Southern Manitoba has its first major snowstorm of Winter 2015/16 on the doorstep as a Colorado Low moves northeastwards through the American Plains and is poised to produce 10–20 cm of fresh snow through the Red River Valley.
The incoming Colorado Low has spread snow across South Dakota this evening which is now pushing into North Dakota and Minnesota. This area of snow will intensify as it heads northwards courtesy a steadily organizing weather feature called an inverted trough. This trough of low pressure extends north/northwest out from the centre of the Colorado Low and will draw moisture into the Red River Valley and produce a swath of heavier snow through the region.
At this point, it looks like the snow will begin pushing across the U.S. border sometime between 2 and 4 A.M. and then spread into Winnipeg before 4 and 6 A.M.. The heavier snow will build into the Red River Valley between 6 and 9 A.M. and persist until near lunch time. Through the first half of the day, as much as 10 cm could fall; that’s a fairly intense snowfall rate and will undoubtedly have significant impacts on transportation. The snow will ease slightly for the afternoon, but still be fairly persistent, dropping another 2–5cm or so.
Heading into the evening and overnight hours, the snow will begin to become a little bit more disorganized save for one area known as the deformation zone. This feature will be the western-most extent of the snowfall and will typically have slightly more organized precipitation along it. Best indications at this point are that the deformation zone will line up through the Interlake and Red River Valley, meaning it’s fairly likely that more persistent light snow will last through the night. This snow could produce anywhere from 1–3cm more.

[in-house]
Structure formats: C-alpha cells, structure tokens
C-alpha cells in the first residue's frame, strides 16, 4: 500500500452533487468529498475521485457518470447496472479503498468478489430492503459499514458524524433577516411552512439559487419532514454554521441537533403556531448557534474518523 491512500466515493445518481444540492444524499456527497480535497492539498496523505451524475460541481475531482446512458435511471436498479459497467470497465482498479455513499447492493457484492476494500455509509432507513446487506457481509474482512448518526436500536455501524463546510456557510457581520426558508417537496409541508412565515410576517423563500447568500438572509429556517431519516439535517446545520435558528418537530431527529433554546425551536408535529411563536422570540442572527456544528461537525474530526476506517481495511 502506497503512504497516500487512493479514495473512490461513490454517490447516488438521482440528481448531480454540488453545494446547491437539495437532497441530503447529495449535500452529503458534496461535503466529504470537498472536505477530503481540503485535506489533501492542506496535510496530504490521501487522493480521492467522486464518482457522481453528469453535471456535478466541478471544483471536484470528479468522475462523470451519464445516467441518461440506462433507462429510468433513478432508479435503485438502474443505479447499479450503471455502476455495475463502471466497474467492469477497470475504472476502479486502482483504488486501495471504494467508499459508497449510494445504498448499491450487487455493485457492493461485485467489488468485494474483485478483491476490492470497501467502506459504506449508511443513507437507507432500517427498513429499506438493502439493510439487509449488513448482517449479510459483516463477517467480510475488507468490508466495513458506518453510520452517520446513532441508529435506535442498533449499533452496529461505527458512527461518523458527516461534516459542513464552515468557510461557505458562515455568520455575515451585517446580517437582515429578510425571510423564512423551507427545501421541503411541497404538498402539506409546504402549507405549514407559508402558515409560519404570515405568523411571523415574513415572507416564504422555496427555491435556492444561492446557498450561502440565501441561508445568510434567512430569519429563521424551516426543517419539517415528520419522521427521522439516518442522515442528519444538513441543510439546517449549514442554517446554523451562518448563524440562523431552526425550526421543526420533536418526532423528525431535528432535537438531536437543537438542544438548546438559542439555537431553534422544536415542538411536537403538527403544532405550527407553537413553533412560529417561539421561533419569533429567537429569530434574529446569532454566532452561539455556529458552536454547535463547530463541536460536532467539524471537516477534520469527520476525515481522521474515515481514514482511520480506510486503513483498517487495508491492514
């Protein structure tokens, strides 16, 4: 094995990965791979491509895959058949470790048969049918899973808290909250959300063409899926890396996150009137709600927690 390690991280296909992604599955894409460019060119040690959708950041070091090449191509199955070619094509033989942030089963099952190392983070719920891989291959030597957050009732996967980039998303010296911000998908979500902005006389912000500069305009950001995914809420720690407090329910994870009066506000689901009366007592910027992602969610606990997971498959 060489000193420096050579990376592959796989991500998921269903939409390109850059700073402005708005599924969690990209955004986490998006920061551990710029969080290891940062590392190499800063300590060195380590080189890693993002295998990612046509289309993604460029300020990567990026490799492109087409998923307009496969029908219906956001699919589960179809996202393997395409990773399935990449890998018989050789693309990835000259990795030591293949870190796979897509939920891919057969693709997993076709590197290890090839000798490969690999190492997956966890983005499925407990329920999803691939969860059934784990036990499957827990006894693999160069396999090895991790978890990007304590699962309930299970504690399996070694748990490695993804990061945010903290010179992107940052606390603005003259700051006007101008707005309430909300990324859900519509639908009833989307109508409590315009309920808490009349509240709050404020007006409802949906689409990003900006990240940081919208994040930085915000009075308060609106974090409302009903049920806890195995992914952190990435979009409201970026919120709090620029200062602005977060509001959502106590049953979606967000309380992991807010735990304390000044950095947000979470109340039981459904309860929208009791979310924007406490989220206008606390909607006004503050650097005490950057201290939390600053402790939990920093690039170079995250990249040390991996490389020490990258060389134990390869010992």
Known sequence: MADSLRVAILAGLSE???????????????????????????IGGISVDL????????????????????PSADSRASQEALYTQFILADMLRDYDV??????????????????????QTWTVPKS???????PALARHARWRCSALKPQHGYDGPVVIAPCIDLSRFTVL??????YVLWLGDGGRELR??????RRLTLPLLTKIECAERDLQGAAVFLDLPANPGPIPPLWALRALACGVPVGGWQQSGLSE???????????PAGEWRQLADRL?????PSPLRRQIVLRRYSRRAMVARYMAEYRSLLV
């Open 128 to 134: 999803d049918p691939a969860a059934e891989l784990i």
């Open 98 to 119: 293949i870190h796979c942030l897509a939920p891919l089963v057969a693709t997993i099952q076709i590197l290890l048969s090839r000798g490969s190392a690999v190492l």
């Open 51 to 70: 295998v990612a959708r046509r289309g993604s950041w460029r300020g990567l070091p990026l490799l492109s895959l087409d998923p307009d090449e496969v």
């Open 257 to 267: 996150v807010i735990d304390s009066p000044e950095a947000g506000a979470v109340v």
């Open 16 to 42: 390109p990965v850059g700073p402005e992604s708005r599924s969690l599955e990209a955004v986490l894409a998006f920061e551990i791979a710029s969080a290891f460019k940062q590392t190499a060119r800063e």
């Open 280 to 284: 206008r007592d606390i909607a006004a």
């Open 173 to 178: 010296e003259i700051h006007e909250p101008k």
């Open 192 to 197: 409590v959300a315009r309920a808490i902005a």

By Thursday morning, the snow should be tapering off to flurries and moving out of the region. When all is said and done, it’s likely that anywhere from 10 to 20cm of fresh snow will have fallen in the Red River Valley. Localized amounts could possibly exceed 20cm in a few particular locations, namely anywhere that may see upslope enhancement in the northerly winds: the western escarpment of the Red River Valley and north side of Turtle Mountain being to of the most likely places. These higher amounts would be very localized, though, and are not reflected in the above snowfall forecast, which is looking more at large-scale snowfall totals.
Environment Canada has issued a snowfall warning arcing across the Red River Valley with the discussion showing very similar thinking: 10–20cm of snow, heavy first thing Wednesday morning, then blowing snow and cooler temperatures heading into Thursday.
Cooler with Blowing Snow Behind the Colorado Low
Beginning Wednesday evening, northwesterly winds will begin moving into southern Manitoba. Despite the cooler temperatures pushing in and the relatively strong winds aloft, winds will likely only reach around 30 gusting to 50 km/h overnight.
By Thursday morning, the wind will strengthen to 40 gusting 60 km/h, which when combined with the fresh snow, will almost undoubtedly produce fairly widespread blowing snow through the Red River Valley. These stronger northwesterly winds will also be ushering in a much cooler air mass that will drop temperatures to –20°C by Saturday morning.
This colder weather, while an abrupt change from what we’ve been seeing for the past month and a half, is actually not all that uncommon. Normal daytime highs for Winnipeg this time of year are around –10°C with normal overnight lows near –20°C. So while we’ll see temperatures dropping 10–15°C, they’ll be seasonal to just slightly below seasonal for this time of year.
Fortunately this cold snap will be brief. Early next week it looks like a weak system will move through bringing a chance for some light snow and a return to slightly above-seasonal temperatures.
- This is due to the cyclonic curvature of the surface pressure gradient which can act to diminish wind speeds. ↩